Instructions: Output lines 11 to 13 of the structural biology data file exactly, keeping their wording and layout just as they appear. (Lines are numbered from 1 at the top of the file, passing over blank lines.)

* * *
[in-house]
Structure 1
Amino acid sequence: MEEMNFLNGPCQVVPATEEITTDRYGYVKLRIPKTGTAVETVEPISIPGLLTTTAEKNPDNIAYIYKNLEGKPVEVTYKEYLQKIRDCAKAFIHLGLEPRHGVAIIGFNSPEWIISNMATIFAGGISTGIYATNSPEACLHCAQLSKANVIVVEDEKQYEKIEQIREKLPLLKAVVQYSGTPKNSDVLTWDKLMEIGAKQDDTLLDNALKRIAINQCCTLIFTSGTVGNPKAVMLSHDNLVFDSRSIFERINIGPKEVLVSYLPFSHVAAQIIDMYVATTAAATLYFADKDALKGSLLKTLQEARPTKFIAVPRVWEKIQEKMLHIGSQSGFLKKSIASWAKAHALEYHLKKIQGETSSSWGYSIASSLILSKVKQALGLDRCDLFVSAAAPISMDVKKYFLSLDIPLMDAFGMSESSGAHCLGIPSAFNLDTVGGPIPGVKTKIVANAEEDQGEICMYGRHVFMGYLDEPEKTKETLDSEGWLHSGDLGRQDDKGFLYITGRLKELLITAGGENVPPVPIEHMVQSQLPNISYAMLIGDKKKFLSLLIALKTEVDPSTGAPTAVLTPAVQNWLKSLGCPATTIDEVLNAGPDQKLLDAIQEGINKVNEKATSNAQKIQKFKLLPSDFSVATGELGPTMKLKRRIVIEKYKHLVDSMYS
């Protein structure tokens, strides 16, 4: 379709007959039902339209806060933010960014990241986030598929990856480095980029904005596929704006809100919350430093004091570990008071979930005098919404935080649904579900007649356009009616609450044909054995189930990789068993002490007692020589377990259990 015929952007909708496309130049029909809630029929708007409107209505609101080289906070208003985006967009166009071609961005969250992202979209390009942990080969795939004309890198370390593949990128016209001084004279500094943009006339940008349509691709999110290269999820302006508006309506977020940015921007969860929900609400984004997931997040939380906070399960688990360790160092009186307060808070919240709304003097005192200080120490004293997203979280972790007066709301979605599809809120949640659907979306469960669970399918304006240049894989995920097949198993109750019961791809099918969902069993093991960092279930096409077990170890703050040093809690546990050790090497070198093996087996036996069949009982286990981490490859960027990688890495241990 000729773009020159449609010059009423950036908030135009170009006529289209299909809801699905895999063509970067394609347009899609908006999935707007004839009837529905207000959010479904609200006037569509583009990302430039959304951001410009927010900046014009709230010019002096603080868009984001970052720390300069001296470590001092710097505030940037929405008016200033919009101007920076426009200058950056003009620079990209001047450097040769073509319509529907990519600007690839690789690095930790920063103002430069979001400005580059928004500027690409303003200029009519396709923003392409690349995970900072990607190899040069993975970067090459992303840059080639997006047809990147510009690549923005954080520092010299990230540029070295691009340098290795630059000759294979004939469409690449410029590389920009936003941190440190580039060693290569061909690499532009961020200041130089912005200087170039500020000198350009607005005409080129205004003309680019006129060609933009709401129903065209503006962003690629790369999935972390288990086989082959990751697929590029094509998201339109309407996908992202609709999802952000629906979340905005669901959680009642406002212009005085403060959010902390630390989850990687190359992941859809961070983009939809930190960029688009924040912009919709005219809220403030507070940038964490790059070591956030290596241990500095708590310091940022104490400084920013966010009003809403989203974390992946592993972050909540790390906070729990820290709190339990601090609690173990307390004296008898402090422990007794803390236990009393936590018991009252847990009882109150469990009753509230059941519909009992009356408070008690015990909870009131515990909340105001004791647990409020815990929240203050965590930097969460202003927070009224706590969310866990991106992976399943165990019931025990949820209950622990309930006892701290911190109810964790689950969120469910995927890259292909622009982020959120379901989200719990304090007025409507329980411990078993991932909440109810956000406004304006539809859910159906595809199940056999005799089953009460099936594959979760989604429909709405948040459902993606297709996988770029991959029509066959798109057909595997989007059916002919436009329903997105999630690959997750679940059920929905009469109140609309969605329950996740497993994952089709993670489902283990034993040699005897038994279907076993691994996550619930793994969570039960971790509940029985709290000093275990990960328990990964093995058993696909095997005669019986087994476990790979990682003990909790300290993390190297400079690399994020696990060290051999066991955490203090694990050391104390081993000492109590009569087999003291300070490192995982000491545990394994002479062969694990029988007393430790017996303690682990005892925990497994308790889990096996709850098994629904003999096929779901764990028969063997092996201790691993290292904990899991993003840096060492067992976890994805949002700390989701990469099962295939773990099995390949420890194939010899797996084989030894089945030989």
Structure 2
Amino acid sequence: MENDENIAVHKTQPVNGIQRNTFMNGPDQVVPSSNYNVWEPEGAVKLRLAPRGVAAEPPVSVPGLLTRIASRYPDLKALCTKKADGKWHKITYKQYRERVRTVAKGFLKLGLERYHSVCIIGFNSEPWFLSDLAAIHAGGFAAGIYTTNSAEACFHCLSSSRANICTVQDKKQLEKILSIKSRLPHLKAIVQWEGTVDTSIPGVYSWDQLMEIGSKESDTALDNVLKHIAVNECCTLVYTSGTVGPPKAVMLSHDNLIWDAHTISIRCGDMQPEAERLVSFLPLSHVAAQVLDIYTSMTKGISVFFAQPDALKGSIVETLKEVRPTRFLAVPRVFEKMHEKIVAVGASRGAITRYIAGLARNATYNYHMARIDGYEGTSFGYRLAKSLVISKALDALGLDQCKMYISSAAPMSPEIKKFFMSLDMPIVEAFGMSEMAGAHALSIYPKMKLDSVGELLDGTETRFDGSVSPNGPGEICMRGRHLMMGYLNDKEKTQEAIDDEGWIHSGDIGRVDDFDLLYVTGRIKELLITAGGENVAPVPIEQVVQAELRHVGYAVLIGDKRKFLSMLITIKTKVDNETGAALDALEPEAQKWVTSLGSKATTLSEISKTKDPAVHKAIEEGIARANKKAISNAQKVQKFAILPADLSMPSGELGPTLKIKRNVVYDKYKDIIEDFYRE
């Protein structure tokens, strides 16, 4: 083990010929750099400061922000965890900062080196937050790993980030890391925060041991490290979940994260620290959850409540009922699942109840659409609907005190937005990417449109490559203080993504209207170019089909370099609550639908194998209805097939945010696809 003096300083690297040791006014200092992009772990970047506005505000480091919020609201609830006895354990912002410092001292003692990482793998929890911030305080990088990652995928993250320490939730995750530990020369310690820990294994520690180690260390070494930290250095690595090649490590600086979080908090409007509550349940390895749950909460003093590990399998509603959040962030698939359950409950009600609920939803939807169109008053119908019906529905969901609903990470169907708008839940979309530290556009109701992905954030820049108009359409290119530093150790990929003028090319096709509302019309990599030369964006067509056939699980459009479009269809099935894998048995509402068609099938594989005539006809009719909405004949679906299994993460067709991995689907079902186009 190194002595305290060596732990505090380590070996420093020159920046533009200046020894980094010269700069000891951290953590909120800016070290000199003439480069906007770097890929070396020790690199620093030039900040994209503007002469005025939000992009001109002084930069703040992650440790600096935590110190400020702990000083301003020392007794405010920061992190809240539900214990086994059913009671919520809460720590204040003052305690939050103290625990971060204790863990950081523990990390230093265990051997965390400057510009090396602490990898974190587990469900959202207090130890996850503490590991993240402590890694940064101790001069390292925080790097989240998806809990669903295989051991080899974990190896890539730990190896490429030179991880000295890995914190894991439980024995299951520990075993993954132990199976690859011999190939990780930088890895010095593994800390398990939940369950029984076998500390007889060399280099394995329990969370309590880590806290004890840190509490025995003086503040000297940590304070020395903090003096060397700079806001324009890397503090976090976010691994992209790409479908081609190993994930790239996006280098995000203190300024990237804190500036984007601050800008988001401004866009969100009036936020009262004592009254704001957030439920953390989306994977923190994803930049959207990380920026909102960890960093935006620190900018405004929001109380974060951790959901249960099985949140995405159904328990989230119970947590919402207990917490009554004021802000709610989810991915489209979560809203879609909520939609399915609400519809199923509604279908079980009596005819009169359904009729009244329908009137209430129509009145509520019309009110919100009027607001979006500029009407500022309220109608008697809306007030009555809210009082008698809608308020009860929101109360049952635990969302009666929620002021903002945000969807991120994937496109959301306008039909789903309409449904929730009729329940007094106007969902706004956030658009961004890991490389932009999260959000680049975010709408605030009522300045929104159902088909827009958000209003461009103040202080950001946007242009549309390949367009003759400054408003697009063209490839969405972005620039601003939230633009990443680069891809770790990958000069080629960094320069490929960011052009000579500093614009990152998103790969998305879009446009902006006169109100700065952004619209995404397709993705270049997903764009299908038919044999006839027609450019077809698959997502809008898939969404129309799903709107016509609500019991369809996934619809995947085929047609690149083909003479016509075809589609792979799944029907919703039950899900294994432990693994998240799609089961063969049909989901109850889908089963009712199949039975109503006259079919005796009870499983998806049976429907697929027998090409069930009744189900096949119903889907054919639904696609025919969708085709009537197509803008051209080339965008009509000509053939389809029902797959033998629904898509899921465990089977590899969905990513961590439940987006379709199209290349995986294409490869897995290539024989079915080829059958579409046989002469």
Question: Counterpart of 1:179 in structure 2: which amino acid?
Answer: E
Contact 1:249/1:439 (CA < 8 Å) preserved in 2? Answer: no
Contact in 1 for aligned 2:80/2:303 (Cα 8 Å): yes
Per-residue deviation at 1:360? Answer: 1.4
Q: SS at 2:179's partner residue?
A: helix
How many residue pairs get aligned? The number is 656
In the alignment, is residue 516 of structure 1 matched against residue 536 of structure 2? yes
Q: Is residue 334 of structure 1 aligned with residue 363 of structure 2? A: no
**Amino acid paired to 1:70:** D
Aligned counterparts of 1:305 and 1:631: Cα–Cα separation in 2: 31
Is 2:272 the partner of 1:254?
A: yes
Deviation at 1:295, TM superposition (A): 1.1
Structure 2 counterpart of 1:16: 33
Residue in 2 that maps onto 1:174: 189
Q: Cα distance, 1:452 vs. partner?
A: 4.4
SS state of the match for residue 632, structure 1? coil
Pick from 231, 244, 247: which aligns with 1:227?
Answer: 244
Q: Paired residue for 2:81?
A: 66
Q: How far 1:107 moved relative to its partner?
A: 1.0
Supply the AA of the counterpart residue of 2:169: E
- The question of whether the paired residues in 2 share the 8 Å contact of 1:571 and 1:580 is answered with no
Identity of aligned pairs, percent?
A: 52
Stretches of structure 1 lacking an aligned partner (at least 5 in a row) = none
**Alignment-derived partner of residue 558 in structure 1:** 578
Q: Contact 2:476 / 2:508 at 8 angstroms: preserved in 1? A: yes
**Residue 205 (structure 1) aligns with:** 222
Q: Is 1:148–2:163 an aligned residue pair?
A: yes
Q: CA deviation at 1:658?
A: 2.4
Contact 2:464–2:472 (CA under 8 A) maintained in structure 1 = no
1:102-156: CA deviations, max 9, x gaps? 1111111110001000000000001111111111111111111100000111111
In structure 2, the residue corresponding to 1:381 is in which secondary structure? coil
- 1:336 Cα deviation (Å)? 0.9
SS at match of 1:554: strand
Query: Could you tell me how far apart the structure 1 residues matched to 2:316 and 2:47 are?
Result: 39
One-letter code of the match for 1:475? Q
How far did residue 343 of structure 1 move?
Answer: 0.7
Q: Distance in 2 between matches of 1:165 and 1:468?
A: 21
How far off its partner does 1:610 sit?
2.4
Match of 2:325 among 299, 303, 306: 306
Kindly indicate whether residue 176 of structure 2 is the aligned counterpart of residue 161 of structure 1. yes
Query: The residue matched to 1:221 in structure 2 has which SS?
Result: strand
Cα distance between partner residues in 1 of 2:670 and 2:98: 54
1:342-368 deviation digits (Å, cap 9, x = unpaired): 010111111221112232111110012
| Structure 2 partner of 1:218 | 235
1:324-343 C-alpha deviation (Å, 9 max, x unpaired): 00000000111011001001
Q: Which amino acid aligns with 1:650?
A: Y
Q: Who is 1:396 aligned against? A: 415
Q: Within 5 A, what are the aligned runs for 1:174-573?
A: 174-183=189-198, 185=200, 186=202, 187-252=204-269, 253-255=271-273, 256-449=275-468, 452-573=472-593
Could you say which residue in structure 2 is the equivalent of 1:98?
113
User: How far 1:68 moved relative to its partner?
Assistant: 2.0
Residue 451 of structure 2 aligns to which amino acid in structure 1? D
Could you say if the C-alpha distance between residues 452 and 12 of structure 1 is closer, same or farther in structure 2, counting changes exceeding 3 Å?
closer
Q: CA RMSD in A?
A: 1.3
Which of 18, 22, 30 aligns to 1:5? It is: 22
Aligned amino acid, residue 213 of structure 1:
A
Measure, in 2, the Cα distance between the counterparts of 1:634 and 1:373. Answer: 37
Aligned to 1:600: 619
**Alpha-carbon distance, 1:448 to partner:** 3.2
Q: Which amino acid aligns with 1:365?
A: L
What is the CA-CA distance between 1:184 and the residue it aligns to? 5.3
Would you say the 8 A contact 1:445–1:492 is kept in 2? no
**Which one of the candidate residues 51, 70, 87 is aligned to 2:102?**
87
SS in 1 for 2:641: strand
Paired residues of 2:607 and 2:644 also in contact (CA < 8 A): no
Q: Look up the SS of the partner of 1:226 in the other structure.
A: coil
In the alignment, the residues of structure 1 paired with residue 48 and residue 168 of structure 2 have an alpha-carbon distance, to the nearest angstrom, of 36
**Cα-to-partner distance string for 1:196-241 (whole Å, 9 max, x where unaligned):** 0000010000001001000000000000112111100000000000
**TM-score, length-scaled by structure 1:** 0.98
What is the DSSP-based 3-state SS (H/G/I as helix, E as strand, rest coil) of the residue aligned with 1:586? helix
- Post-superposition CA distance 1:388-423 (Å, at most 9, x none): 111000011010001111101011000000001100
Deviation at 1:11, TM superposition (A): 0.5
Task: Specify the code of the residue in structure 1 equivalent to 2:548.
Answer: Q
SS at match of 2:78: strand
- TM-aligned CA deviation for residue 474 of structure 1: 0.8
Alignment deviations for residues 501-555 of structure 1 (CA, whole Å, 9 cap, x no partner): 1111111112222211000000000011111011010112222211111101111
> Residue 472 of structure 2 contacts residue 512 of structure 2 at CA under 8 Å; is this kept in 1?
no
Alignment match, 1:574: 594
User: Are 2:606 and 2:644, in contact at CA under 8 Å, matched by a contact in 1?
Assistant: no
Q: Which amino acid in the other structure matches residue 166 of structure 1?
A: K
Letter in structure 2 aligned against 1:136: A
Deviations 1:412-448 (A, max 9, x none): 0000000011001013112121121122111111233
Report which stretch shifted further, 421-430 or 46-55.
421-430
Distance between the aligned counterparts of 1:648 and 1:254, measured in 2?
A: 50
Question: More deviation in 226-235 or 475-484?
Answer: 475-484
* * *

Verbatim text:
Contact in 1 for aligned 2:80/2:303 (Cα 8 Å): yes
Per-residue deviation at 1:360? Answer: 1.4
Q: SS at 2:179's partner residue?